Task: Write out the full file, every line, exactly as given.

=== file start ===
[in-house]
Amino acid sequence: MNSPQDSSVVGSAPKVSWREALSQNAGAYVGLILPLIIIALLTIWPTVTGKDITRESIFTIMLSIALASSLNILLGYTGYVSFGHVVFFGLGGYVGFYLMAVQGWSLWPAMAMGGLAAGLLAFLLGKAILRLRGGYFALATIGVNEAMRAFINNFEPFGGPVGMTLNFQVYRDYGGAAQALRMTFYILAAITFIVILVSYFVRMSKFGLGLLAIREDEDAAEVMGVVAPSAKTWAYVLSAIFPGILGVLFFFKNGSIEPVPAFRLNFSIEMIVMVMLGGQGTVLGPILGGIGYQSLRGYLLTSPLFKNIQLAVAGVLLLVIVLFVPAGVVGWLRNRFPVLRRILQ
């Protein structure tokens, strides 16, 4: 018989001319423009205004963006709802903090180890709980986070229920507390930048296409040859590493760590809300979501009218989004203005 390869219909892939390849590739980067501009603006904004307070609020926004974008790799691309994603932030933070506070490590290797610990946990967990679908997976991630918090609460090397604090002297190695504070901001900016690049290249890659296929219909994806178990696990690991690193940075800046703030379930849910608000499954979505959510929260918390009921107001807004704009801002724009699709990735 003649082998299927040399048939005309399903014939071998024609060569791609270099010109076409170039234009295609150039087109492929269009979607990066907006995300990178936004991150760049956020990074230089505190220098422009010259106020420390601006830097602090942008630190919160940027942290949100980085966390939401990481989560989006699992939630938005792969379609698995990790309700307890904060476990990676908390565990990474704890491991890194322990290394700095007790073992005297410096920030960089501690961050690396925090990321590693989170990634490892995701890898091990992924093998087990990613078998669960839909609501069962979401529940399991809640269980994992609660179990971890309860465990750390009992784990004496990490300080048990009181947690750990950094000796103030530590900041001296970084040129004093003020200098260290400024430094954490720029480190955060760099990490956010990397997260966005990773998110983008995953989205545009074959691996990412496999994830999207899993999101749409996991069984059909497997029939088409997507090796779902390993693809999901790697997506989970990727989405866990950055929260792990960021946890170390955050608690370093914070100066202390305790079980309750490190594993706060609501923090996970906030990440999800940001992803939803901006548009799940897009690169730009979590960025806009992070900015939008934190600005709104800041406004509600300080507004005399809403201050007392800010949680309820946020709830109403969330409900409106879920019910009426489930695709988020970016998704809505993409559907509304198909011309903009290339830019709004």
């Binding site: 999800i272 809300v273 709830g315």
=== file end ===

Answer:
[in-house]
Amino acid sequence: MNSPQDSSVVGSAPKVSWREALSQNAGAYVGLILPLIIIALLTIWPTVTGKDITRESIFTIMLSIALASSLNILLGYTGYVSFGHVVFFGLGGYVGFYLMAVQGWSLWPAMAMGGLAAGLLAFLLGKAILRLRGGYFALATIGVNEAMRAFINNFEPFGGPVGMTLNFQVYRDYGGAAQALRMTFYILAAITFIVILVSYFVRMSKFGLGLLAIREDEDAAEVMGVVAPSAKTWAYVLSAIFPGILGVLFFFKNGSIEPVPAFRLNFSIEMIVMVMLGGQGTVLGPILGGIGYQSLRGYLLTSPLFKNIQLAVAGVLLLVIVLFVPAGVVGWLRNRFPVLRRILQ
């Protein structure tokens, strides 16, 4: 018989001319423009205004963006709802903090180890709980986070229920507390930048296409040859590493760590809300979501009218989004203005 390869219909892939390849590739980067501009603006904004307070609020926004974008790799691309994603932030933070506070490590290797610990946990967990679908997976991630918090609460090397604090002297190695504070901001900016690049290249890659296929219909994806178990696990690991690193940075800046703030379930849910608000499954979505959510929260918390009921107001807004704009801002724009699709990735 003649082998299927040399048939005309399903014939071998024609060569791609270099010109076409170039234009295609150039087109492929269009979607990066907006995300990178936004991150760049956020990074230089505190220098422009010259106020420390601006830097602090942008630190919160940027942290949100980085966390939401990481989560989006699992939630938005792969379609698995990790309700307890904060476990990676908390565990990474704890491991890194322990290394700095007790073992005297410096920030960089501690961050690396925090990321590693989170990634490892995701890898091990992924093998087990990613078998669960839909609501069962979401529940399991809640269980994992609660179990971890309860465990750390009992784990004496990490300080048990009181947690750990950094000796103030530590900041001296970084040129004093003020200098260290400024430094954490720029480190955060760099990490956010990397997260966005990773998110983008995953989205545009074959691996990412496999994830999207899993999101749409996991069984059909497997029939088409997507090796779902390993693809999901790697997506989970990727989405866990950055929260792990960021946890170390955050608690370093914070100066202390305790079980309750490190594993706060609501923090996970906030990440999800940001992803939803901006548009799940897009690169730009979590960025806009992070900015939008934190600005709104800041406004509600300080507004005399809403201050007392800010949680309820946020709830109403969330409900409106879920019910009426489930695709988020970016998704809505993409559907509304198909011309903009290339830019709004």
């Binding site: 999800i272 809300v273 709830g315």